In a preferred mode of construction, the flexible shoe of the present invention may be formed as follows:
The upper 1 is first formed from one or several pieces as mentioned hereinabove.
Then in the heel portion of the shoe the upper 1 is stitched together with the sock 3 and wrap 4 from outside of the shoe.
The upper 1 is then turned inside out with the sock 3 and wrap 4 stitched to the rear or heel of the shoe.
The last allowance 2 of the upper 1 in the forepart of the shoe is then stitched to the sock 3 in such a manner that the last allowance 2 and sock 3 are in inverted positions to their positions in the heel 10; namely, the last allowance 2 is stitched on top of the sock 3.
The upper is inverted back into an upright position.
The upper 1 and sock 3 combination are forced onto the last.
An insole board 6 as shown in FIG. 4 is prepared so it has a narrow tapered forward portion 18 which acts in conjunction with the built in shank design to provide some of the functionality of a conventional shank. This tapering allows the shoe flexibility while still imparting some rigidity.
The wrap 4 is closed around an inserted insole board 6 in the heel portion of the shoe and secured to the insole board 6 by cementing. The forepart of the sole 5 is formed by impregnation or placing of a cushioning material such as, but not limited to, EVA in a cavity 12 of the sole 5. A shank equivalent 25 is incorporated in a portion of the forepart of the sole 5.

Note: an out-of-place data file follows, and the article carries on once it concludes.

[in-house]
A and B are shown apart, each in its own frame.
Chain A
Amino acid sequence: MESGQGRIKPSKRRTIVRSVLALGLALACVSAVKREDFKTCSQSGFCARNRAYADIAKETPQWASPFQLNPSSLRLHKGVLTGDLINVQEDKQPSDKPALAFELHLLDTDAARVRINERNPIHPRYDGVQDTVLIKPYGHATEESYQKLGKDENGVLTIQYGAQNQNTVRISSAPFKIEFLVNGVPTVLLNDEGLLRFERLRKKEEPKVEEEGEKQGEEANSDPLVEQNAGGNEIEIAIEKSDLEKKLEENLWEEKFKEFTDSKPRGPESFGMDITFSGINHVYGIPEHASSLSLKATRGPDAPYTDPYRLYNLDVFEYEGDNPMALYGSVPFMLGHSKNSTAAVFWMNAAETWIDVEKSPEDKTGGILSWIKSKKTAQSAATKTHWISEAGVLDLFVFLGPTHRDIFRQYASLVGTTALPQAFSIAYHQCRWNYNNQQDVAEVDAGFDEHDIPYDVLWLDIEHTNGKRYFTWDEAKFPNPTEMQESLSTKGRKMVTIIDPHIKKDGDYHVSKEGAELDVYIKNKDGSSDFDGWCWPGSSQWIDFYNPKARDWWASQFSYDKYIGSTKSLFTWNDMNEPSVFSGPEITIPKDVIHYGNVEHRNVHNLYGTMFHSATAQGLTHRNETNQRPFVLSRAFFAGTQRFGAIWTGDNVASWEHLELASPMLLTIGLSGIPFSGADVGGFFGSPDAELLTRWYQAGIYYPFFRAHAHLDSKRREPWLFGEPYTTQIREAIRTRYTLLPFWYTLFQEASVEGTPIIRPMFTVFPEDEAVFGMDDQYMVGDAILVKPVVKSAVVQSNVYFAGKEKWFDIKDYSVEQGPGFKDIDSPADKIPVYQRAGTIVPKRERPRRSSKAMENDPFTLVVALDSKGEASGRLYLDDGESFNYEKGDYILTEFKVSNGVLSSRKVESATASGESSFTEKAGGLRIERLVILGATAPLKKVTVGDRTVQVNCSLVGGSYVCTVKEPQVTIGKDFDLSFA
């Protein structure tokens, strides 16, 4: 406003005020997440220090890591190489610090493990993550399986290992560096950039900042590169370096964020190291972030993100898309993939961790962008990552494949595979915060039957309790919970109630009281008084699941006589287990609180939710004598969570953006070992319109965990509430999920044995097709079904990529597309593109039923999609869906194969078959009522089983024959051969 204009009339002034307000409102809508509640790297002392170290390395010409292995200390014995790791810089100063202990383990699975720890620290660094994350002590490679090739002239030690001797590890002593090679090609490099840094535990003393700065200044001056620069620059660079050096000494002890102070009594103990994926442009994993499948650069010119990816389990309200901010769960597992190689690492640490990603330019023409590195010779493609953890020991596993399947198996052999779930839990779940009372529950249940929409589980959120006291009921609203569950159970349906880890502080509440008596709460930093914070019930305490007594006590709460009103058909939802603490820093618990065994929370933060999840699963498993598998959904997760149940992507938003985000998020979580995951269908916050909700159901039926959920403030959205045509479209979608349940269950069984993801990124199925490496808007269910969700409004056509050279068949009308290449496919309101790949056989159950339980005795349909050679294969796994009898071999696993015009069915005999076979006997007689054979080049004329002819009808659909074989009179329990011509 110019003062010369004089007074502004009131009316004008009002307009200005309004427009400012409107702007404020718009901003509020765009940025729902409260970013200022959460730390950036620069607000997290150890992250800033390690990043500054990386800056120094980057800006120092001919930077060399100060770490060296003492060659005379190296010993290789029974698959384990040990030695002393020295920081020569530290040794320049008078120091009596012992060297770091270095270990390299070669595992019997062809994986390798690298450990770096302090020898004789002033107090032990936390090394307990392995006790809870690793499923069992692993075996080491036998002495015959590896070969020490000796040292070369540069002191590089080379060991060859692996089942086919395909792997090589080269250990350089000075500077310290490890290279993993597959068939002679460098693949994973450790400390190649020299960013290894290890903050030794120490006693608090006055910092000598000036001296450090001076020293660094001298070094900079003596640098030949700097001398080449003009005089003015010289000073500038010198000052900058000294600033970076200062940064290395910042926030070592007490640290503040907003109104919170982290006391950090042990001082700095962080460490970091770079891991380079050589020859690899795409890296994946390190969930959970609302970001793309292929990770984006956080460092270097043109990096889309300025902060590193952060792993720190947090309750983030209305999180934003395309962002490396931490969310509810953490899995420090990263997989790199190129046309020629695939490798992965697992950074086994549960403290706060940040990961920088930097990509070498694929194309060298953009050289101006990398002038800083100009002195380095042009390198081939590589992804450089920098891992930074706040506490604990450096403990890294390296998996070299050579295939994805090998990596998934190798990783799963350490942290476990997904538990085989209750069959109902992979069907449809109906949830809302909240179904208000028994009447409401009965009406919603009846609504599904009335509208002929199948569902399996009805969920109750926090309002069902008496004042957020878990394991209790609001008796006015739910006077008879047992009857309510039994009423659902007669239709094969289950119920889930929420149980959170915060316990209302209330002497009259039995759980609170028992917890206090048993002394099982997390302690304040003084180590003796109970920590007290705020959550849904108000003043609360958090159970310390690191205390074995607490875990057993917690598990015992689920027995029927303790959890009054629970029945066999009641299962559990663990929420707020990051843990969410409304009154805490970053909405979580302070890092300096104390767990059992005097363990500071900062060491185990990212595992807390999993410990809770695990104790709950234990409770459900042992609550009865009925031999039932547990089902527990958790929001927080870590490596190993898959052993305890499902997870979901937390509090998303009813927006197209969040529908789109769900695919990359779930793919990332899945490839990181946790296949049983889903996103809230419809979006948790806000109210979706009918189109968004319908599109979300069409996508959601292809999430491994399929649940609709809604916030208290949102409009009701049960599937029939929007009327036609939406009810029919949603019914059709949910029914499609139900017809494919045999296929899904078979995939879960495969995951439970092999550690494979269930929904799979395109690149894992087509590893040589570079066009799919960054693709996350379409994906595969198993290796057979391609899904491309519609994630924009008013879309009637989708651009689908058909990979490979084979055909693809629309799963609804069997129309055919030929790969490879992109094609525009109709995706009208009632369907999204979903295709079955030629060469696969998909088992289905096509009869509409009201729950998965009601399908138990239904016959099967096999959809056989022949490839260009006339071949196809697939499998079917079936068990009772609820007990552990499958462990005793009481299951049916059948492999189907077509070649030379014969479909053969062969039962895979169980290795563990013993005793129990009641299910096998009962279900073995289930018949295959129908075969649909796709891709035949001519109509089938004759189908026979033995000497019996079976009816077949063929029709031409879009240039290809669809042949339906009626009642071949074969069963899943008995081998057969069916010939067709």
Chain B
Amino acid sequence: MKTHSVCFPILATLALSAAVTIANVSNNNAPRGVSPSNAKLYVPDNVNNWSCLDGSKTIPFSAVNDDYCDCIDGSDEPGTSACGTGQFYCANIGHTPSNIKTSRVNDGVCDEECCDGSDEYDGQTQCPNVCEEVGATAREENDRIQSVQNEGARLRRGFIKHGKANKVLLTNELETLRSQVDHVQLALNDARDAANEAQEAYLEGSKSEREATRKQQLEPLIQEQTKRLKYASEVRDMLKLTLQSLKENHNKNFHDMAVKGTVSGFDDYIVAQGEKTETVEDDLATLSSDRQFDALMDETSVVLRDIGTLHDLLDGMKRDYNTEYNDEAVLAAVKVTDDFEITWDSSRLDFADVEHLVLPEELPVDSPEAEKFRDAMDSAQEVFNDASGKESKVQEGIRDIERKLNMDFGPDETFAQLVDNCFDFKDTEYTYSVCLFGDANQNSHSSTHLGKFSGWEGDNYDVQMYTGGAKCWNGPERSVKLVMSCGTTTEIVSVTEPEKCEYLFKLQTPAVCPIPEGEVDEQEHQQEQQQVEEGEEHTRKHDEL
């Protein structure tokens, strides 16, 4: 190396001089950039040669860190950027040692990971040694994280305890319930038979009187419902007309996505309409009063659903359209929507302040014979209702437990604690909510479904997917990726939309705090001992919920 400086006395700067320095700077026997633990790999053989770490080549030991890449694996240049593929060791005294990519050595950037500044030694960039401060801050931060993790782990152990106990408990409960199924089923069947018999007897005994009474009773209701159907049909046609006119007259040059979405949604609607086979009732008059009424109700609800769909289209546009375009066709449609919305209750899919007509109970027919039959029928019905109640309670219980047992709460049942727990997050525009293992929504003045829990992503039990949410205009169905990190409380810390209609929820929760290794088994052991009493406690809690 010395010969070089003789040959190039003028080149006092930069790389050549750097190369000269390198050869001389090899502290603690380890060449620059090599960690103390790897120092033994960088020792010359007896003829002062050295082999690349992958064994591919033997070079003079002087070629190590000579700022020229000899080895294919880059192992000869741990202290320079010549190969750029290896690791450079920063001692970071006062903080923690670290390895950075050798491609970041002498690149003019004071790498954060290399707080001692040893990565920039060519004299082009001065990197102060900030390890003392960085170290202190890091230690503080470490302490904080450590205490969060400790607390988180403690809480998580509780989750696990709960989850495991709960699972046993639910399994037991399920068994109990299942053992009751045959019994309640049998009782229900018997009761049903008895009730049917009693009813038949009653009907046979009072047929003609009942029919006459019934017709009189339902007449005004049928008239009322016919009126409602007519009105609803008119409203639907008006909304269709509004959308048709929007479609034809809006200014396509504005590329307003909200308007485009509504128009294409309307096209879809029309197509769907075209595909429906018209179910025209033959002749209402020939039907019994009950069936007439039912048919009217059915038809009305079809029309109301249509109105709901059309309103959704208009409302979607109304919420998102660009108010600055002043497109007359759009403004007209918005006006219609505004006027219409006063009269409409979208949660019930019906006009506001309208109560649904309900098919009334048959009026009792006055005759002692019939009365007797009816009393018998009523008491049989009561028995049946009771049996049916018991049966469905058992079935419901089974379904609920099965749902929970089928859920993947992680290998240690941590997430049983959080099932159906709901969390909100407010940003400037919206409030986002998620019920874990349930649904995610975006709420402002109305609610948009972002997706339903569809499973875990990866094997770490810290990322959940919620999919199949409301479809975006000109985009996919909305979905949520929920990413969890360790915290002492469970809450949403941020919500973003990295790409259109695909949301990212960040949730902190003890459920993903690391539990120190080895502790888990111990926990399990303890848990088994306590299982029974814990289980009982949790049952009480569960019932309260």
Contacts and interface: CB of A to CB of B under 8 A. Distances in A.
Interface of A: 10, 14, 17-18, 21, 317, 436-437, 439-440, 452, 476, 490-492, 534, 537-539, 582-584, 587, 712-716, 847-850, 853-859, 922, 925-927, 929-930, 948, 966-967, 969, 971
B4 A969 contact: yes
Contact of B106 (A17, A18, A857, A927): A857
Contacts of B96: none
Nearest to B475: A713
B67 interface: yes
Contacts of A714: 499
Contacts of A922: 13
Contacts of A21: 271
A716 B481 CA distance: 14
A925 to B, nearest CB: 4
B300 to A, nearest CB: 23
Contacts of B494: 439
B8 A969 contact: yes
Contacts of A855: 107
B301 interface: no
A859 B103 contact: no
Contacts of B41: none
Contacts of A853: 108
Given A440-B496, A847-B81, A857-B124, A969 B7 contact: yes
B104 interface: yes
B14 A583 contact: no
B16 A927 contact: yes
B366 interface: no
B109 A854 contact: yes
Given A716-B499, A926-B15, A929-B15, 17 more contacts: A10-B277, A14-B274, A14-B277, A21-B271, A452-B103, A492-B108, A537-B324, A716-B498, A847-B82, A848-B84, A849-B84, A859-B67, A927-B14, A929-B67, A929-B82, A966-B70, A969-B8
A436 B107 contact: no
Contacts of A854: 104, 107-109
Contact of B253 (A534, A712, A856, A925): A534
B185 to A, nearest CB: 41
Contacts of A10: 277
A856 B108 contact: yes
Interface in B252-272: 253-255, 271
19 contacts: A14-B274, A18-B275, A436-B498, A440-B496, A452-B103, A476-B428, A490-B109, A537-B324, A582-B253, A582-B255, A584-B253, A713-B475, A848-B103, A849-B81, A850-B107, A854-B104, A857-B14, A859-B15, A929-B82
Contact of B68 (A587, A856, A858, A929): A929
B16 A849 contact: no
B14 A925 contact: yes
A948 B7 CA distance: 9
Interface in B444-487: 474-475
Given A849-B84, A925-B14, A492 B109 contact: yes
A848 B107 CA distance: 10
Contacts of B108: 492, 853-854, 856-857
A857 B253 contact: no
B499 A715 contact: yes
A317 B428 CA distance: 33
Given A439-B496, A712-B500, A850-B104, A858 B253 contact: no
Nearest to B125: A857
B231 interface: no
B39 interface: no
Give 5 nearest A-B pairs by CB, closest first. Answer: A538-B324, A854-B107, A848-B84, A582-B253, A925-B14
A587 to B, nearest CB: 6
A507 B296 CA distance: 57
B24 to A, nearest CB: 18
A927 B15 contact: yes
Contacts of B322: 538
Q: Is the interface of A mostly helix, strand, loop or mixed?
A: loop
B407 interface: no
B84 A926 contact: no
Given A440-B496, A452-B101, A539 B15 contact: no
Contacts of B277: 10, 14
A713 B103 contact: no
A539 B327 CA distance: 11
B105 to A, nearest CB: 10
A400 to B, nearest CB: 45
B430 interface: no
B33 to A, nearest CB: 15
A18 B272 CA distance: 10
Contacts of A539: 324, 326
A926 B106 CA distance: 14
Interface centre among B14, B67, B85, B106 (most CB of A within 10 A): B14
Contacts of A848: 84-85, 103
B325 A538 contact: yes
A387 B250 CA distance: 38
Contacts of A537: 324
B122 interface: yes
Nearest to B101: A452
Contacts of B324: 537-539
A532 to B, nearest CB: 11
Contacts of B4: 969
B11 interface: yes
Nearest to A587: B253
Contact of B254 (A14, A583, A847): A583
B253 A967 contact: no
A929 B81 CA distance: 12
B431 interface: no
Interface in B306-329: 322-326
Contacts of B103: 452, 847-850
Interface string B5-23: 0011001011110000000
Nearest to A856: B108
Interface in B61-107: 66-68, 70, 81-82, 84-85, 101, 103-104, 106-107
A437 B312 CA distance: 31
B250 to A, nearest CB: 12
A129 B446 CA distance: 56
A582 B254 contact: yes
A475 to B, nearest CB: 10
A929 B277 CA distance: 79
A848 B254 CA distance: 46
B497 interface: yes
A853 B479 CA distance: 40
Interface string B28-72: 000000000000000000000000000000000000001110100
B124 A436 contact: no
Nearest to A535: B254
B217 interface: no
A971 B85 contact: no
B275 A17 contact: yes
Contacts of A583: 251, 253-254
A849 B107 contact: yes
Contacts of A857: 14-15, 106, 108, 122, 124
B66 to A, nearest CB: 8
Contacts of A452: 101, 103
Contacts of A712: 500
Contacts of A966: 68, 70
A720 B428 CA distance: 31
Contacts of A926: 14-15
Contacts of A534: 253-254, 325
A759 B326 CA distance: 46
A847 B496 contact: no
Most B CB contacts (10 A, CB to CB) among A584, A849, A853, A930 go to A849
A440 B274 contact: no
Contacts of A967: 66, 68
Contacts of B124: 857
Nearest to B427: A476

The sole 5 is cemented to the upper 1 by conventional methods starting at the toe. The soles 5 are conventionally heated prior to attachment and stretched as they are placed sequentially along the shoe. The sole 5 is then pressed to the upper 1 to facilitate the adherence of the sole 5 to the upper 1.
The shoe is removed from the last and the sole 5 is stitched to the upper 1 and sock 3 in the forepart of the shoe.
A final reconfiguring of the shoe may be required by placing the shoe on the last in order to restore the shape of the shoe which may have been distorted in the manufacturing process.
While preferred embodiments of the invention have been illustrated and described, it will be understood by those skilled in the art that changes and modifications may be restored to without departing from the spirit and scope of the invention.
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|US20090255148 *||Jun 22, 2009||Oct 15, 2009||Dananberg Howard J||Device for high-heeled shoes and method of constructing a high-heeled shoe|
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|U.S. Classification||36/12, 36/18, 36/17.00R, 36/21, 36/17.0PW, 36/11|
|Sep 14, 1993||CC||Certificate of correction|
|Apr 23, 1996||REMI||Maintenance fee reminder mailed|
|Sep 11, 1996||SULP||Surcharge for late payment|
|Sep 11, 1996||FPAY||Fee payment|
Year of fee payment: 4
|Sep 15, 1996||LAPS||Lapse for failure to pay maintenance fees|
|Nov 26, 1996||FP||Expired due to failure to pay maintenance fee|
Effective date: 19960918
|Feb 13, 1998||AS||Assignment|
Owner name: DEER STAGS, INC., NEW YORK
Free format text: ASSIGNMENT OF ASSIGNORS INTEREST;ASSIGNOR:WEISS, HOWARD K.;REEL/FRAME:008975/0712
Effective date: 19980206
|Mar 14, 2000||FPAY||Fee payment|
Year of fee payment: 8
|Mar 15, 2004||FPAY||Fee payment|
Year of fee payment: 12